We also sailed to the Hawaiian islands with YIA Mentor Artist Shawna Alapa’i, swaying hips to traditional hula dances, chanting and playing instruments. Boys wore traditional kukui nut leis and everyone learned to play the ipu (gourd percussion instrument) and learn about ancient beliefs and stories of the Hawaiian people. Travelers learned traditional chants and hand gestures while dancing to the music of the ukelele.
Young artists joined YIA Mentor Artist Julia James in creating a beautiful mural of birds from around the world flying together. Students looked at birds from around the world and created paper birds using oil pastels, markers and water colors. All of the birds were added to the collaborative mural to represent the beautiful diversity of Harding Elementary.
Thank you to the Thomas J Long Foundation and the Green Foundation for their continued support and making this program possible.
This week Youth in Arts celebrated art and friendship with Kindergarten students and their families at Bahia Vista Elementary School. Optimism and friendship are two important themes in Kindergarten and YIA Mentor Artist and Program Director Suzanne Joyal lead families in an evening creating art around these topics.
We started out talking about how we can be good friends and singing a song in Spanish and American Sign Language about friendship with YIA Mentor Artist Nydia Gonzalez. Sharing, supporting, listening, respecting and playing were definitely important and students made it clear that they feel great when with a good friend!
Teacher Suzanne then lead everyone in creating a beautiful Tree of Hopes, adorned with drawings depicting everyone’s hopes and dreams for the future.
For the past few months YIA Mentor Artist and Program Director Suzanne Joyal has been teaching all 7 Kindergarten classes a visual arts curriculum geared around the themes of friendship in honor of the life of Walker Rezaian.
Kindergarten teacher Mrs. Pauley reflected on the past few months, “This program has helped each of my students learn a new way to express themselves, build self-confidence and discover the amazing artist within them. We feel so thankful to have gotten this experience and are happy for the next bunch of kids that get to work with you.”
Youth in Arts Executive Director Miko Lee has announced that applications are open for the 2015-16 Walker Rezaian Creative HeArts Kindergarten Arts Program. “We are thrilled to continue this program next year.” said Lee. “We look forward to sharing the experience with another low income school in memory of Walker. We have had a wonderful partnership with Walker’s family in creating this program and providing life long learning tools for so many children in our area.”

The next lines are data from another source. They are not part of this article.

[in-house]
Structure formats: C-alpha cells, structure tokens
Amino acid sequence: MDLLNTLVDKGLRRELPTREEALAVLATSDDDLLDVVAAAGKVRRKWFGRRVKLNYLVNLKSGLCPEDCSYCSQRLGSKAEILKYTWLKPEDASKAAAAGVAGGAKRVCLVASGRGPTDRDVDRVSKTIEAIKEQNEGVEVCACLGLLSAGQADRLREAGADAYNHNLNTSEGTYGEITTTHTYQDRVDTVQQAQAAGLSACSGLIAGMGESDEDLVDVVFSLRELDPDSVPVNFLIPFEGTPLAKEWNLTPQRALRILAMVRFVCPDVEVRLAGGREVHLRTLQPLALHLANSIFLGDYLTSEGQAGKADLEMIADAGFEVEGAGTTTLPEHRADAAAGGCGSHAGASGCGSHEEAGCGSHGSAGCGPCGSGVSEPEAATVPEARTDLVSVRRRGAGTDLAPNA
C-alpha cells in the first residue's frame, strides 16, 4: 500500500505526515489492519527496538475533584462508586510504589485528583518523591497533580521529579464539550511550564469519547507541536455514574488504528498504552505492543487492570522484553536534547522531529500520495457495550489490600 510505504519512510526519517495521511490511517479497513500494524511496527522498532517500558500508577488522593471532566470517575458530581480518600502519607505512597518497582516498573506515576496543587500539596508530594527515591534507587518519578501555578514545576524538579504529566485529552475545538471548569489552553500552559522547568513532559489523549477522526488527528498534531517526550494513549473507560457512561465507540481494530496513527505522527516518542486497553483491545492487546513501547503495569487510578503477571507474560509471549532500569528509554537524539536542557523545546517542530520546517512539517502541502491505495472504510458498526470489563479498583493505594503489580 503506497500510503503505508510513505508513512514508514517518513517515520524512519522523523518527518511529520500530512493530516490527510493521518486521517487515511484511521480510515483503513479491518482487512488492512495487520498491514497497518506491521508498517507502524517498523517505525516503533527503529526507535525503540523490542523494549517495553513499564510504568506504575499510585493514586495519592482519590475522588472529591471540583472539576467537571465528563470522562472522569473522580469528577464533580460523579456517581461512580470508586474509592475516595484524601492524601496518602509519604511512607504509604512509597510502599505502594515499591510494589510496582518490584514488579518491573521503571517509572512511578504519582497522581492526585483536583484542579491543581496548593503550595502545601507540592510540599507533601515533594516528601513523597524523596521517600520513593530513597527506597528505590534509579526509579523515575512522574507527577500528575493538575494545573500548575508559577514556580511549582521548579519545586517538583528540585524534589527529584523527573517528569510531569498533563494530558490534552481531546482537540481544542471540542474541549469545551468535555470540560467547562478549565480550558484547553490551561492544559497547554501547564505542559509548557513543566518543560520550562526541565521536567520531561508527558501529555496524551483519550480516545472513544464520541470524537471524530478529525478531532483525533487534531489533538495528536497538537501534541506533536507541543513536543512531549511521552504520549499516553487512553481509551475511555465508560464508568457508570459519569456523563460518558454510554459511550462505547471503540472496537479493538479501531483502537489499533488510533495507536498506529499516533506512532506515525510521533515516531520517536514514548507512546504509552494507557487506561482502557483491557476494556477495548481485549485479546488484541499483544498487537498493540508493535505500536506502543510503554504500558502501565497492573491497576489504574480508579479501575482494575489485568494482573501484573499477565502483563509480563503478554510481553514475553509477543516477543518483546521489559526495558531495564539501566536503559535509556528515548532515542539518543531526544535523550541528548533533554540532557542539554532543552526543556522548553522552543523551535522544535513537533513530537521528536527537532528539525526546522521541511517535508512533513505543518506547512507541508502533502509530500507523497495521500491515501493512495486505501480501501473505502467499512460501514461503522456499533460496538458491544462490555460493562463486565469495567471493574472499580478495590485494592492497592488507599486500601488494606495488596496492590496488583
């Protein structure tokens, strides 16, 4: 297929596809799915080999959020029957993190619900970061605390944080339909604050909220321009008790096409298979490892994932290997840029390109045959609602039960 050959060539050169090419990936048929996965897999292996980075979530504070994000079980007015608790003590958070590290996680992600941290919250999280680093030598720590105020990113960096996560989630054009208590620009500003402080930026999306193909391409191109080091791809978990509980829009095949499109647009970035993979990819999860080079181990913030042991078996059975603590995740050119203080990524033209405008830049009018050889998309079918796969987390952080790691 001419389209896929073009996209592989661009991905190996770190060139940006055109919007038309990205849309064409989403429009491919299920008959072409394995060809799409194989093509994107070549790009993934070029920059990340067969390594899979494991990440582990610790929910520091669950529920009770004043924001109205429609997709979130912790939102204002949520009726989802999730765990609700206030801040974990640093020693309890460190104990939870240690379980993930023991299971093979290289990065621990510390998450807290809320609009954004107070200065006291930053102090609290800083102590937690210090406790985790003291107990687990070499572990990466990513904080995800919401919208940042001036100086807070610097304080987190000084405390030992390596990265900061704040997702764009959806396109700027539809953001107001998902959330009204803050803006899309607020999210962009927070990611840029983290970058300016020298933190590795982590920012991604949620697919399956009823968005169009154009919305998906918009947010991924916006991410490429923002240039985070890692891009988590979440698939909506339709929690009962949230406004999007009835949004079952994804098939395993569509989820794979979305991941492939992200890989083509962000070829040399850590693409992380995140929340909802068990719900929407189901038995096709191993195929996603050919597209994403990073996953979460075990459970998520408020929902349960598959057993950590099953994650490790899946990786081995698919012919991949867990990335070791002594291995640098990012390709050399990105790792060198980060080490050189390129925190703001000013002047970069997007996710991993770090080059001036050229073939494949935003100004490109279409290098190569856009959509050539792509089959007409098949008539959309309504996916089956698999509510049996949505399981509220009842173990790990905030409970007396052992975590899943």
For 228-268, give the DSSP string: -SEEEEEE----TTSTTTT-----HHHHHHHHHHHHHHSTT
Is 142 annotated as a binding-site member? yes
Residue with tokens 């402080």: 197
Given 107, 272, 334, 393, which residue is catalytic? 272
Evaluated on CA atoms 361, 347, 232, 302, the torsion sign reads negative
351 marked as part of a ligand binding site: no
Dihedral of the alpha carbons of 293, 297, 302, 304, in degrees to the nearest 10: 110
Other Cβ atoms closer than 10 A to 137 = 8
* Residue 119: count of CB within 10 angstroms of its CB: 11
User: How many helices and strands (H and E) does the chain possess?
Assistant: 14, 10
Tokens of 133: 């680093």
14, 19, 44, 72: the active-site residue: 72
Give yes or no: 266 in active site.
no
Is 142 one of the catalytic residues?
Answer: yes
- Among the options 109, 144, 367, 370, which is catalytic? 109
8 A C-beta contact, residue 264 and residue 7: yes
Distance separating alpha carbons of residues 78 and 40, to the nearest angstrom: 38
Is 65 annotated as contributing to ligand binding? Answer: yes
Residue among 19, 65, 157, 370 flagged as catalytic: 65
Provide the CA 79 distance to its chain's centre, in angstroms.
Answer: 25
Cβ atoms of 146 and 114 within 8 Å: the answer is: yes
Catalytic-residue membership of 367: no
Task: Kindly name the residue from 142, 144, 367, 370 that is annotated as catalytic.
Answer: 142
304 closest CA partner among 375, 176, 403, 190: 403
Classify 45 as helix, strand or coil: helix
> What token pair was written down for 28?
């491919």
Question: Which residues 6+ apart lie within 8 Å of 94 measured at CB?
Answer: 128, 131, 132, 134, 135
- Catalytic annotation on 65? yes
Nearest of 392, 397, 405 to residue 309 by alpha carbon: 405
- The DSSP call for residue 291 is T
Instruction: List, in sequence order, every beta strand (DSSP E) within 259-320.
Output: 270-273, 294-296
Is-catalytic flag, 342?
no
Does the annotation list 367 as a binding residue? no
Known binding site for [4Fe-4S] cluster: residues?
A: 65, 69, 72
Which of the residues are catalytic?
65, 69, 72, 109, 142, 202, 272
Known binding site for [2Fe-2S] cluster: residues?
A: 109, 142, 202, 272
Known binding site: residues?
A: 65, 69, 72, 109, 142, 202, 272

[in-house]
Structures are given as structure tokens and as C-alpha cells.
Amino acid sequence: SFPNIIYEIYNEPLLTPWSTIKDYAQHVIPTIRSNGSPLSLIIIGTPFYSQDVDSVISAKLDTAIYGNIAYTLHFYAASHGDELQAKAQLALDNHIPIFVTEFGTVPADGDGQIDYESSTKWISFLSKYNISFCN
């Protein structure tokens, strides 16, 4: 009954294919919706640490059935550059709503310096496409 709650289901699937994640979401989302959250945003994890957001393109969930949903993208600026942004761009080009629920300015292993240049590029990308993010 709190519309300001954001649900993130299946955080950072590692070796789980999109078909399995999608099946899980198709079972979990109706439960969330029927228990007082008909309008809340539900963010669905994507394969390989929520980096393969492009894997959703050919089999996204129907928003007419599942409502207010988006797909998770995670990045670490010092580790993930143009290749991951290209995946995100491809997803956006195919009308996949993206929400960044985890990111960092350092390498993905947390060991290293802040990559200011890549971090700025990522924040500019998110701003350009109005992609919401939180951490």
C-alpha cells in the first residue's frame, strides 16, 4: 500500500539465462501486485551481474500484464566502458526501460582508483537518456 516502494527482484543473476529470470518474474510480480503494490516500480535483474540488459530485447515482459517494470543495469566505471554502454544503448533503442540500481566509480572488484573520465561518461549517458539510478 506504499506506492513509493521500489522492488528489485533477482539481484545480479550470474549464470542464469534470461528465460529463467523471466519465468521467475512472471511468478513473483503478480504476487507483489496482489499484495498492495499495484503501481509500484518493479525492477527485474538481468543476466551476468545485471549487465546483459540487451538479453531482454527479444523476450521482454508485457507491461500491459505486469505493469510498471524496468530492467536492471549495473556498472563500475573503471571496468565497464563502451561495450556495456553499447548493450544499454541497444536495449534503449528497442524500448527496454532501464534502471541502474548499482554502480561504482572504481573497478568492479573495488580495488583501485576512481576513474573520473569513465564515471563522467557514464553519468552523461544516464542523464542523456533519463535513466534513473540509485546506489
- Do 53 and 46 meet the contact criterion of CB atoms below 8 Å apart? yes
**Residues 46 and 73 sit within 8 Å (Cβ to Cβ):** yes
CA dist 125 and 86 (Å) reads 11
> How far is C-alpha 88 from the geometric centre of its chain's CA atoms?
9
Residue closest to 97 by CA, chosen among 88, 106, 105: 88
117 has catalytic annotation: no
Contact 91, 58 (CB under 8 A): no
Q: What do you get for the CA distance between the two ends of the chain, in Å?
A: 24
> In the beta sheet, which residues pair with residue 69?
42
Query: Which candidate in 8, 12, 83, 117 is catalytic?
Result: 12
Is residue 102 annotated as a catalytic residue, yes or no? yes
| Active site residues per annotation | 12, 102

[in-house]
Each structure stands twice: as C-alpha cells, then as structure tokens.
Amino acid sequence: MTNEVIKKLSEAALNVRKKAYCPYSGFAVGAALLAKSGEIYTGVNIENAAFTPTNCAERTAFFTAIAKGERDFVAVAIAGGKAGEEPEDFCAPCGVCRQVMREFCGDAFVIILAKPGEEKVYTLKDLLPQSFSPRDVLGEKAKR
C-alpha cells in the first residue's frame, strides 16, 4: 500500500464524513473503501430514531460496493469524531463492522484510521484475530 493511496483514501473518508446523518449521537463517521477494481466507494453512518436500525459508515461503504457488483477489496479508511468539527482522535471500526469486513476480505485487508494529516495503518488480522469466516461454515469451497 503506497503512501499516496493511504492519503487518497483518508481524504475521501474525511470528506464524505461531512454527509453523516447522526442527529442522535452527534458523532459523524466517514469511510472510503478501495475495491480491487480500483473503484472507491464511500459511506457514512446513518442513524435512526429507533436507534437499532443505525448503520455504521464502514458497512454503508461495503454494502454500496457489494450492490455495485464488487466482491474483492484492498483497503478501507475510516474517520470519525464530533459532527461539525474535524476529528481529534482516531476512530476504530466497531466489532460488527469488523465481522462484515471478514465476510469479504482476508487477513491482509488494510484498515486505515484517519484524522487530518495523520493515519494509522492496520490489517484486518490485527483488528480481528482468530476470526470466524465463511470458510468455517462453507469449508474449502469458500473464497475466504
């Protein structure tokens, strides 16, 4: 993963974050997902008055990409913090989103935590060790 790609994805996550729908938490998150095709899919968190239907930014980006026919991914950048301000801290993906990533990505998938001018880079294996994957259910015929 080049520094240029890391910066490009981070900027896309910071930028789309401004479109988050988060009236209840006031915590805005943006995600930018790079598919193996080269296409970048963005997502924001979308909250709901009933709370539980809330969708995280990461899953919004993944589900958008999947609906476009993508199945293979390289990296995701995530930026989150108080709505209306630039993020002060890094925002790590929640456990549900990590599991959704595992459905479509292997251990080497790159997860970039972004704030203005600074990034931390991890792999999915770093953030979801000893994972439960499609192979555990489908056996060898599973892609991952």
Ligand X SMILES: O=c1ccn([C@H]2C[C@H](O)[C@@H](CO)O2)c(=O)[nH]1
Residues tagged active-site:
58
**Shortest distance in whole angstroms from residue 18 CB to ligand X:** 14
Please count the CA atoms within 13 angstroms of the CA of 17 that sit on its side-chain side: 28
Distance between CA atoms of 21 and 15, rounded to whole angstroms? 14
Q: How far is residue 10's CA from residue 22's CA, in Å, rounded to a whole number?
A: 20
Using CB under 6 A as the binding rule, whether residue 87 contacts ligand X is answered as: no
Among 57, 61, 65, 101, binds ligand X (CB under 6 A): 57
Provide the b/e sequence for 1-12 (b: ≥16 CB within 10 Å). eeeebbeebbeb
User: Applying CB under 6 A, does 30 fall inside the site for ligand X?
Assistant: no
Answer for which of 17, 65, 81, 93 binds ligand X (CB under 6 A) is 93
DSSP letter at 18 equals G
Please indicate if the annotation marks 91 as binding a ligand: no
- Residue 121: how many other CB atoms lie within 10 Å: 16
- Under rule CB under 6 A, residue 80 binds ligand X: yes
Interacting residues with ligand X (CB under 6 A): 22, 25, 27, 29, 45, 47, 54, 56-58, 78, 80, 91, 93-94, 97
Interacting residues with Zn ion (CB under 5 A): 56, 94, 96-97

Interested Title I schools in Marin County should apply by May 18. Apply here.
The Walker Rezaian Creative HeArts Fund is a project of the Walker Rezaian Memorial Fund. Youth in Arts is a nonprofit established in 1970. The leading arts education nonprofit in the North Bay, Youth in Arts offers students experiences and instruction in the visual and performing arts, and enriches the community with cultural events.
Spring is bouncing into summer and hundreds of young artists around the North Bay are finishing class projects and creating exhibits, performances and other artful events for family and friends with Youth in Arts.
Recent posts have highlighted Spring projects by K-Dub Williams’ students at Marina Middle School and Angela Baker’s students at Harding Elementary, in addition to the amazing work created by Suzanne Joyal’s kindergarteners at Loma Verde as part of the Walker Rezaian Creative HeArts program. Youth in Arts also produced a special “Passport Art Event” at Harding, and Nydia Gonzalez and Shawna Alapa’i concluding performing arts residencies at Ocean View Elementary in Albany and Sonoma Mountain Elementary.
In late May, Arts Unite Us “collaborative residency” projects at Harding and at Tam High School in Mill Valley wrapped up with terrific performances by all the students. Collaborative residencies bring together special education and general education students for shared arts experiences. At Harding, students wrote, directed and performed an original play “Lydia and the Land of Gee-Jo” around themes of Pollution, Bullying, Self Acceptance, New Beauty Standards and Taking Care of Each Other. At Tam High , the original pilot site for the collaborative residency program, students from the Special Day Class and advanced Conservatory Theatre Ensemble worked with Mentor Artists Suraya Keating and Melissa Briggs to write and perform their original play, “By my Side,” which opened the school’s popular One Acts Festival.